Sarah's Family Daycare
|Posted on January 6, 2017 at 6:25 PM||comments (48443)|
After the Christmas holidays, this week felt relaxed and easy flowing as we settles back into the daily and weekly rhythm. Following are some highlights and what I was focussing on this week.
We explored at the entrance into the greenbelt after the freezing rain. The kids were fascinated by the branches hanging down and the broken branches. We stayed in the open area for only ten to fifteen minutes. Then we came back to the house and played in the front yard until it is time to come in. Some of the little ones played in the snow and some of them ``helped` me shovel the walkway.
This week the little one`s were quite enthusiastic about Dr. Suess's ABC and singing the alphabet song together. The rhyming helps develop their phonological awareness and of course all the letters in the book help with letter recognition. Building upon their interest, I hope to extend their learning by introducing another alphabet book, Chicka Chicka Boom Boom. I also have some cut-out letters to provide during creative crafting that builds on their interest and increasing ability with the glue sticks that I started giving them before the holidays.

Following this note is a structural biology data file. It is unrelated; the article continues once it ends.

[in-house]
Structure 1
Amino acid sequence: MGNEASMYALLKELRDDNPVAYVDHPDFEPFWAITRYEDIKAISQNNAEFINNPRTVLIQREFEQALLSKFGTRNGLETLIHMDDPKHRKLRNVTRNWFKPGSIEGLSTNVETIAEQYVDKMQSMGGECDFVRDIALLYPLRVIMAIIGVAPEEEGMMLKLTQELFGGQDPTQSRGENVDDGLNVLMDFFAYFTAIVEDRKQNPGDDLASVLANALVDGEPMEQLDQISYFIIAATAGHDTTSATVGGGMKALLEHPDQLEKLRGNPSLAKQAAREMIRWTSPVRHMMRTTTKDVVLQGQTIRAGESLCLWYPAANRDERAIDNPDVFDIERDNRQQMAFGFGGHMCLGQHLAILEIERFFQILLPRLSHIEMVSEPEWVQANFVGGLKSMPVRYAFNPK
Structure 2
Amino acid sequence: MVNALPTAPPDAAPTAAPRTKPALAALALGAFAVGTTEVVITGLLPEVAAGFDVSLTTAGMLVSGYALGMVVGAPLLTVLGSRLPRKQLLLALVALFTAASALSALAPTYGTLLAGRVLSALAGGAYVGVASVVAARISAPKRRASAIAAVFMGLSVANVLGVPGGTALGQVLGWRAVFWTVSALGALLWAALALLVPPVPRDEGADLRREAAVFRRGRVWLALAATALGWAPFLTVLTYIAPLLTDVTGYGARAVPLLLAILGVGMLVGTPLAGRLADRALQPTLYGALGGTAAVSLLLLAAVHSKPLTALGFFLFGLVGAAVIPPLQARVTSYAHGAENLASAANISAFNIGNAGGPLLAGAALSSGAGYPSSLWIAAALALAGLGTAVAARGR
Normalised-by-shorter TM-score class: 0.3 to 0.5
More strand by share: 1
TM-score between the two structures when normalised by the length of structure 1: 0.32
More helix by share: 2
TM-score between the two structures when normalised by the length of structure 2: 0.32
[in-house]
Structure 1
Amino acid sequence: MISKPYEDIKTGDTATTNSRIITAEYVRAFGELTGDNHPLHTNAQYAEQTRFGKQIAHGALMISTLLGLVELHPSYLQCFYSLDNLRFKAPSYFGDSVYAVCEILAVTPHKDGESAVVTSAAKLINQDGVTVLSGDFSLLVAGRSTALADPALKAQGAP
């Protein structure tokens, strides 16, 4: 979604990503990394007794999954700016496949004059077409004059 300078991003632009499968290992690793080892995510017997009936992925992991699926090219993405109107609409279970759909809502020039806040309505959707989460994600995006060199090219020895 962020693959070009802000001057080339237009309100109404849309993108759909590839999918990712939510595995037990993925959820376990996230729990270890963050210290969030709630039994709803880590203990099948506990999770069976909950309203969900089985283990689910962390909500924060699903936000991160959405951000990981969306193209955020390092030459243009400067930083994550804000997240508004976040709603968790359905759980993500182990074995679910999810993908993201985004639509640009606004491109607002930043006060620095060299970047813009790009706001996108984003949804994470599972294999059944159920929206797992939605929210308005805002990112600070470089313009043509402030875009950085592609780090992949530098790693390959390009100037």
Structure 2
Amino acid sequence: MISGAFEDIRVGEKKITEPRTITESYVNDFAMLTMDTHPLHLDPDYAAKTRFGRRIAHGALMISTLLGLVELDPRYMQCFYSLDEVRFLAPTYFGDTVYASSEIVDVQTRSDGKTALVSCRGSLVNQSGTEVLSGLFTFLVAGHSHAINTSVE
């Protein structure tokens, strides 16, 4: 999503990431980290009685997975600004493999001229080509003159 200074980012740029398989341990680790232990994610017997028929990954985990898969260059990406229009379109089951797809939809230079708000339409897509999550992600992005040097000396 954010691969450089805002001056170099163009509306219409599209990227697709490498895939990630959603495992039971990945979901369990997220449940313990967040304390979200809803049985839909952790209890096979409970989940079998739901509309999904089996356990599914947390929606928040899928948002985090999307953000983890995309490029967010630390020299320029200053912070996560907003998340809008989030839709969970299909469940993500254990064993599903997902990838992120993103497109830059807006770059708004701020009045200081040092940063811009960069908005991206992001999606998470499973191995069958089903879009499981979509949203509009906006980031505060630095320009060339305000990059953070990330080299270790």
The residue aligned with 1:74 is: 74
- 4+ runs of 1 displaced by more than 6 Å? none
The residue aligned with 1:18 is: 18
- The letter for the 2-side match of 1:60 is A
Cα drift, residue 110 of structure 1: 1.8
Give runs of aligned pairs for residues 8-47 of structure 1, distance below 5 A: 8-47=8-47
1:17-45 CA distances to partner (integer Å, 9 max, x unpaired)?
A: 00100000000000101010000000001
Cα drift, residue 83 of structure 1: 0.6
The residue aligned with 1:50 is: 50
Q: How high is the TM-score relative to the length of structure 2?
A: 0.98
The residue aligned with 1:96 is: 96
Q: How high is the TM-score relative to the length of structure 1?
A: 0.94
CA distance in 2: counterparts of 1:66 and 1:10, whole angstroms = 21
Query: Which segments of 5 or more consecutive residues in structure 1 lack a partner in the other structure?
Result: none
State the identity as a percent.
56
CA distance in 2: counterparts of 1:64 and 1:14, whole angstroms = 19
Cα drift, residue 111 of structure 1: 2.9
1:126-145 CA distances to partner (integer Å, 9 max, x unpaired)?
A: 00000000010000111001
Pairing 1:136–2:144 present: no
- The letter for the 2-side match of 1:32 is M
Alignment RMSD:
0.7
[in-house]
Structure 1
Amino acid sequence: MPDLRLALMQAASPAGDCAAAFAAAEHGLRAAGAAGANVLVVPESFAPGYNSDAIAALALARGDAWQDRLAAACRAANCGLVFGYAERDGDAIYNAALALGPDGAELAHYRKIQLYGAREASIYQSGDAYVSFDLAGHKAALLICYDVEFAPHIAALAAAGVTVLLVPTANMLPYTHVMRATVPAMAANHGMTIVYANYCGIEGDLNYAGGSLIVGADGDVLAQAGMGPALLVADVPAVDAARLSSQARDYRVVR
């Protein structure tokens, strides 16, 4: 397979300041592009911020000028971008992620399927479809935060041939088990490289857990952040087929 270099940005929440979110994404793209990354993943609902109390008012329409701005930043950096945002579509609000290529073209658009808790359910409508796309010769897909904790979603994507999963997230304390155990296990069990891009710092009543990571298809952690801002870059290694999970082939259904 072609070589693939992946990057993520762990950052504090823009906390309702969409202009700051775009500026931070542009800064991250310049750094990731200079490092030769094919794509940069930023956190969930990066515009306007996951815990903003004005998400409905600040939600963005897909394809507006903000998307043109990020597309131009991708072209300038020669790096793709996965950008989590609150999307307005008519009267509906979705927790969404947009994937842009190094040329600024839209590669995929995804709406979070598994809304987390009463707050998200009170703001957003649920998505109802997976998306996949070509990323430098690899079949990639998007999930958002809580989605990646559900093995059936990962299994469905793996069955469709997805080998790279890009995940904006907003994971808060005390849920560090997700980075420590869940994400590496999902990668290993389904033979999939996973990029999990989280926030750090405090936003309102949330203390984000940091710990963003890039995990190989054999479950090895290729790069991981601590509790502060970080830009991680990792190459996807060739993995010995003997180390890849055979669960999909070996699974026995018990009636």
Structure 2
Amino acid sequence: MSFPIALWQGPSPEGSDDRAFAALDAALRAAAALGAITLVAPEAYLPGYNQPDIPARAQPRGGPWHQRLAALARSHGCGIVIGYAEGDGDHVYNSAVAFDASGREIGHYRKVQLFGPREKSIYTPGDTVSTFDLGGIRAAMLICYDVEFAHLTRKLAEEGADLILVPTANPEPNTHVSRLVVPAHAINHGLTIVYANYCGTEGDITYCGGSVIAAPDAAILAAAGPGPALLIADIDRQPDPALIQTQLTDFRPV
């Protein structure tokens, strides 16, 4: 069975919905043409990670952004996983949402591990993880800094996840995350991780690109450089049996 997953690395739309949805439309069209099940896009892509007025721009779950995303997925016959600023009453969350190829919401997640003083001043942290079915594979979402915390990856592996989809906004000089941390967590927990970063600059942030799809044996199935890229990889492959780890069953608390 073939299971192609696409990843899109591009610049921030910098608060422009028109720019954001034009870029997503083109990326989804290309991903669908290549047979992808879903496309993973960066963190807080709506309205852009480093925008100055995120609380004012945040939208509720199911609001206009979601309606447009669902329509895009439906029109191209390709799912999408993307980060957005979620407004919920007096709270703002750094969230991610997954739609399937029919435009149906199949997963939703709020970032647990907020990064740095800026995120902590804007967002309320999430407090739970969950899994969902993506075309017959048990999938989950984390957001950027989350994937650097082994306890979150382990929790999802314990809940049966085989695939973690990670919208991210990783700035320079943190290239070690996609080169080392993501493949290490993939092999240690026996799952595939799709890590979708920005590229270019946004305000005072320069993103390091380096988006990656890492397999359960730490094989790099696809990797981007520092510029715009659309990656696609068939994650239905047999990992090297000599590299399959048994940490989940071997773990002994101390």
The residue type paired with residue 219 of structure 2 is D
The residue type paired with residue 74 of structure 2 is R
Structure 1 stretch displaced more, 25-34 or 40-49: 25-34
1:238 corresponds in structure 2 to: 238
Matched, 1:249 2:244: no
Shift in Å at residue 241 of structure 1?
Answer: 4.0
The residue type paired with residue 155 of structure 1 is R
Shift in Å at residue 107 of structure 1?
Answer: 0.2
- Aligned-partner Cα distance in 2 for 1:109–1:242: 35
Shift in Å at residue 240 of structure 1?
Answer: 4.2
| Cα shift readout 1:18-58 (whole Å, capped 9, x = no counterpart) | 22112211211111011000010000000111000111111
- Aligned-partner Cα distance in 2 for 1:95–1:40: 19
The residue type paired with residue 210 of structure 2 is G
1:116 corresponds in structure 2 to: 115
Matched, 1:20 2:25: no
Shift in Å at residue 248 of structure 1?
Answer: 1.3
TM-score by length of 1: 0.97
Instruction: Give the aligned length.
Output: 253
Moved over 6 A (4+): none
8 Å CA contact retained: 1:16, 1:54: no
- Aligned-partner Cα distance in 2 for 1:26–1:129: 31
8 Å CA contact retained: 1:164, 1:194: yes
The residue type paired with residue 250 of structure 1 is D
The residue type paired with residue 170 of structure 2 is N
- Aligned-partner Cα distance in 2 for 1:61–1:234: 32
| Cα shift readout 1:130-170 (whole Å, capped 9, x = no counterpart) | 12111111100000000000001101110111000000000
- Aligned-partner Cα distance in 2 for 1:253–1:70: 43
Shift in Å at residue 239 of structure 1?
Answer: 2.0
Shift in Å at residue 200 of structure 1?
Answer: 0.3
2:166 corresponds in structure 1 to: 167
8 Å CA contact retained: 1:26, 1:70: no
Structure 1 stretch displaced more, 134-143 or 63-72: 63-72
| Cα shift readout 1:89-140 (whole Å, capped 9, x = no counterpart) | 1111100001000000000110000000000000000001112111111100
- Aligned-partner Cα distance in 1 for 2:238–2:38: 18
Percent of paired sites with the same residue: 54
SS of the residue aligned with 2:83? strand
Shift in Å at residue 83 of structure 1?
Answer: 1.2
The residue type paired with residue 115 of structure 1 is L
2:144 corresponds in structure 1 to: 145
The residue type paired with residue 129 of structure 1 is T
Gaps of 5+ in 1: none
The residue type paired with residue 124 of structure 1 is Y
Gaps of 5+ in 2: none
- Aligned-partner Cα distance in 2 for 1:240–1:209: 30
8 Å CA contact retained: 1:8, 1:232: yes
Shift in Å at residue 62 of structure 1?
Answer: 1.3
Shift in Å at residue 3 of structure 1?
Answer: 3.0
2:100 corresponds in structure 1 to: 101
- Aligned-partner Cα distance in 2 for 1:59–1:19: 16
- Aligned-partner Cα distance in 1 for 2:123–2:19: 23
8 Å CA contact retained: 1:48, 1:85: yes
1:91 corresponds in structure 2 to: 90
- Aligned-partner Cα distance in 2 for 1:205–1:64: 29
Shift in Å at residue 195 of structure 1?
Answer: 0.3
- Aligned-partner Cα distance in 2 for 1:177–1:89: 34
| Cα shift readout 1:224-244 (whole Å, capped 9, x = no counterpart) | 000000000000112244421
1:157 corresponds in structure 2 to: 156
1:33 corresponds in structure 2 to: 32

I had fun alongside their painting this week. When they are painting, I am hoping to provide an opportunity for so much more than fine motor skills. I am trying to build on both the toddler's desire to explore movement and the consequences of their actions with their paintbrush and paint (cognitive). I am also hoping to provide a more complex opportunity to engage and develop the preschoolers observation and representation skills (cognitive).
I read once that the rationale for teaching colours was to develop their observation skills, but there is a much greater opportunity for observation when moving beyond the standardized colours. There is even more opportunity for observation when allowing to find out for themselves what happens when they mix colours together.
I have tried painting with the colours in a glass jar, but I noticed it was challenging for them to mix and challenging to really observe what was happening with the colours. I decided to mimic an artist's palette, so I put the paint on a plate. Not only did this provide more opportunity to use the colours in different ways, either individually or by mixing, but it also provided more opportunities to observe the colours blending and changing. I am hoping to increase the complexity of the colour mixing and maintain their interest, by moving beyond the secondary colours and learning how to create tertiary colours next.
Using ELECT (2007), this activity provides an opportunity to develop all but two aspects of their observation skills: